Project Title: Hyperthermia-related clinical trials on cancer treatment within the ClinicalTrials.gov registry

Start Date:December 2014
End Date: August 2015


  1. Cihoric N 1,
  2. Tsikkinis A 1,
  3. van Rhoon G 2,
  4. Crezee H3 3,
  5. Aebersold DM 1,
  6. Bodis S 4,
  7. Beck M 5,
  8. Nadobny J 5,
  9. Budach V 5,
  10. Wust P 5,
  11. Ghadjar P 5

Authors information

  1. Department of Radiation Oncology, Inselspital , Bern University Hospital, and University of Bern
  2. Erasmus MC Cancer Institute, Department of Radiation Oncology , Rotterdam , The Netherlands
  3. Academic Medical Centre, Department of Radiation Oncology , Amsterdam , The Netherlands
  4. Kantonsspital Aarau Radio-Onkologie , Aarau , Switzerland
  5. Charité Universitätsmedizin , Berlin , Germany


Hyperthermia has been shown to improve the effectiveness of chemotherapy and radiotherapy in the treatment of cancer. This paper summarises all recent clinical trials registered in the ClinicalTrials.gov registry.

Materials and methods

The records of 175,538 clinical trials registered at ClinicalTrials.gov were downloaded on 29 September 2014 and a database was established. We searched this database for hyperthermia or equivalent words.


A total of 109 trials were identified in which hyperthermia was part of the treatment regimen. Of these, 49 trials (45%) had hyperthermic intraperitoneal chemotherapy after cytoreductive surgery (HIPEC) as the primary intervention, and 14 other trials (13%) were also testing some form of intraperitoneal hyperthermic chemoperfusion. Seven trials (6%) were testing perfusion attempts to other locations (thoracic/pleural n = 4, limb n = 2, hepatic n = 1). Sixteen trials (15%) were testing regional hyperthermia, 13 trials (12%) whole body hyperthermia, seven trials (6%) superficial hyperthermia and two trials (2%) interstitial hyperthermia. One remaining trial tested laser hyperthermia.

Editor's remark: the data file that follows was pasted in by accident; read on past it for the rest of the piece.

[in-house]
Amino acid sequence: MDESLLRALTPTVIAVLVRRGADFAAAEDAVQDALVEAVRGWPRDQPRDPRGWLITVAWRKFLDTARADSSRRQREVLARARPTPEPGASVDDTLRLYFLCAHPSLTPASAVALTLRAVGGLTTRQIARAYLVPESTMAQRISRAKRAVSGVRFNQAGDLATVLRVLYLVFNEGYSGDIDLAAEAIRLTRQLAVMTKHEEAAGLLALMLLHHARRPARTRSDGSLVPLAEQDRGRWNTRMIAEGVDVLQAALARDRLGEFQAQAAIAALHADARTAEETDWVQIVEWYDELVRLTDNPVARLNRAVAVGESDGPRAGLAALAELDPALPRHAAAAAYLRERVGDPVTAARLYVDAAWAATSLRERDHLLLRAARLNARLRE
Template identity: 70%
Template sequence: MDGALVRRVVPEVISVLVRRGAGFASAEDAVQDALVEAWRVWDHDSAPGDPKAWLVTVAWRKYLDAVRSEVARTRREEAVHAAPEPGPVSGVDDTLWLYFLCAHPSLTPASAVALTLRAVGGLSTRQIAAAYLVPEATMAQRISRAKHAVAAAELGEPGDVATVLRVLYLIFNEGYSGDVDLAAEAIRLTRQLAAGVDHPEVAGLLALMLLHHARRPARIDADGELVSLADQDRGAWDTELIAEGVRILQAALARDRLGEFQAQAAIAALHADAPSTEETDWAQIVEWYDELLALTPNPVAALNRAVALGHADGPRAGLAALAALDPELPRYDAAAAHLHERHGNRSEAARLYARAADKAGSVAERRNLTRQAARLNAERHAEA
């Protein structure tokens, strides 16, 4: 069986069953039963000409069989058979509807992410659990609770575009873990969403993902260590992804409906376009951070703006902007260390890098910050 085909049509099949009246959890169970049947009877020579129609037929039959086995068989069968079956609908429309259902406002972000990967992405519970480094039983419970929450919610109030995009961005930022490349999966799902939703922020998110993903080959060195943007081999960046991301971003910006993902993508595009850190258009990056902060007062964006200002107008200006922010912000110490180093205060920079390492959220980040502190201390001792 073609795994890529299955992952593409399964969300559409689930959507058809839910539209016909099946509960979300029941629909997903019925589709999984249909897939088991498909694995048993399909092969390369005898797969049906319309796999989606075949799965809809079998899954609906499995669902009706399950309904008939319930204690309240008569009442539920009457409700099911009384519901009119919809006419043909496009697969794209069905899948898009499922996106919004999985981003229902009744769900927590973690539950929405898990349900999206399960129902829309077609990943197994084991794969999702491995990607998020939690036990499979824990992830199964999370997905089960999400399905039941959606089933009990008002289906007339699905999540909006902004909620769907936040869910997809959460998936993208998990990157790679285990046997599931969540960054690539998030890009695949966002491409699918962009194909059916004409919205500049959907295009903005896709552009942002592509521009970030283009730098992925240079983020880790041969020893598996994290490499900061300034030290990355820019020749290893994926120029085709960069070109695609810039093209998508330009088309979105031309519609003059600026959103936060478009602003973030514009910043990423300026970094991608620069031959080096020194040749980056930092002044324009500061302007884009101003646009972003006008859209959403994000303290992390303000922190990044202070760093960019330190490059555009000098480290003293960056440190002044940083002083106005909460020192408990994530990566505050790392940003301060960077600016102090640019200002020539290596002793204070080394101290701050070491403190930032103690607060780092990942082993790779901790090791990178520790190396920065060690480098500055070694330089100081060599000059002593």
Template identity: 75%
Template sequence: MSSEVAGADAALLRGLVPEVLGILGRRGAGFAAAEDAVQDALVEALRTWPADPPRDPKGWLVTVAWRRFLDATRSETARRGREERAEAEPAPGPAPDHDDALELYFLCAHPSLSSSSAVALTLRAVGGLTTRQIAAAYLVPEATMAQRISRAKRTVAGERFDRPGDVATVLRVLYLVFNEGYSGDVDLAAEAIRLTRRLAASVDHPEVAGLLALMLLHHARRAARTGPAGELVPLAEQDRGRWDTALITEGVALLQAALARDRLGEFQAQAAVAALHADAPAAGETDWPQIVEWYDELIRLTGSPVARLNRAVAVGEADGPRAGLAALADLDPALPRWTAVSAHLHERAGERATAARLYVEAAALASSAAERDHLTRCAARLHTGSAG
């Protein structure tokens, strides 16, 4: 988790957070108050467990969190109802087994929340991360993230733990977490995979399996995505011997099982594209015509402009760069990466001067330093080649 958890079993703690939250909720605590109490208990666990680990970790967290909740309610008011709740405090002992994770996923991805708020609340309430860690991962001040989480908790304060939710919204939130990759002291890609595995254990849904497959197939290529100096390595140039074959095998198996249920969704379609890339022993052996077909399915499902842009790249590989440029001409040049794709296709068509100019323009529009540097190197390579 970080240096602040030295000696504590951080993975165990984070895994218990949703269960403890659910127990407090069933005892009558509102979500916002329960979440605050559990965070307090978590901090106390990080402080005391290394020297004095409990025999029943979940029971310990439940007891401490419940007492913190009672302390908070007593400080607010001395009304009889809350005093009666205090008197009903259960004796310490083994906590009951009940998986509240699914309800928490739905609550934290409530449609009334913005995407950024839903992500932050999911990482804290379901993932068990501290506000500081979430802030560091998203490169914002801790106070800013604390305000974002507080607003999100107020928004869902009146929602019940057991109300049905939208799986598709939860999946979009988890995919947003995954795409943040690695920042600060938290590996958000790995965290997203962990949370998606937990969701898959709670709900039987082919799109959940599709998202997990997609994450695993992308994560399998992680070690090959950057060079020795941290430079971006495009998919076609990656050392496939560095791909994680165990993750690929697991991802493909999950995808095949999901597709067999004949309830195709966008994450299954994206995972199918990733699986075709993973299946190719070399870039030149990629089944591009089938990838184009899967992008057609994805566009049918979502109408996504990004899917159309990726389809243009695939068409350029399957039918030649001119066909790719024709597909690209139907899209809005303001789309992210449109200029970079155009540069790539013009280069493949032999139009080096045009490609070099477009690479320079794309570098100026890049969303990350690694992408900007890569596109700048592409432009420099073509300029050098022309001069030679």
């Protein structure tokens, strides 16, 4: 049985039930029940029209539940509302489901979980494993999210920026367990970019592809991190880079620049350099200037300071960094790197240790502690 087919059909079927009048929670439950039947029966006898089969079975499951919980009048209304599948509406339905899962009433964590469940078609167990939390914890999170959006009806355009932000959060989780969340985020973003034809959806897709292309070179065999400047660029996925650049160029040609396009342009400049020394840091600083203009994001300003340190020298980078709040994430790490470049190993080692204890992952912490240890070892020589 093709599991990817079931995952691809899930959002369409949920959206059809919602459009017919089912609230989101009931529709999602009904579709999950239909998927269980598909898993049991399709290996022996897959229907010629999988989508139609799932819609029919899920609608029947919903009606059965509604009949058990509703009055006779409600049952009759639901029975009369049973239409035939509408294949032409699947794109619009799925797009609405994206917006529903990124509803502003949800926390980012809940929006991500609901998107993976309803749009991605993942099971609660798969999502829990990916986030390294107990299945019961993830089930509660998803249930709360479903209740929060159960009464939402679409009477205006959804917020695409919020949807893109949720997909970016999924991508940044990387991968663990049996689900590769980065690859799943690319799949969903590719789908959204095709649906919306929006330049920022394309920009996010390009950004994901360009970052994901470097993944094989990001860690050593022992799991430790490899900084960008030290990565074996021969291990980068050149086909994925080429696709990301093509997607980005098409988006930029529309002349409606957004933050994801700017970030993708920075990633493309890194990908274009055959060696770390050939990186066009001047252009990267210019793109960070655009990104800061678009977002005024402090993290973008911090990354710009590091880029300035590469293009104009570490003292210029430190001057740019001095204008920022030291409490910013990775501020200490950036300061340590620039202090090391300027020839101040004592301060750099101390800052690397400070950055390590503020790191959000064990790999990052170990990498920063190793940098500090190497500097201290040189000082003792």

In contrast to the general opinion, this analysis shows continuous interest and ongoing clinical research in the field of hyperthermia. Interestingly, the majority of trials focused on some form of intraperitoneal hyperthermic chemoperfusion. Despite the high number of active clinical studies, HIPEC is a topic with limited attention at the annual meetings of the European Society for Hyperthermic Oncology and the Society of Thermal Medicine. The registration of on-going clinical trials is of paramount importance for the achievement of a comprehensive overview of available clinical research activities involving hyperthermia.


Cancer; heat; hyperthermia; trials

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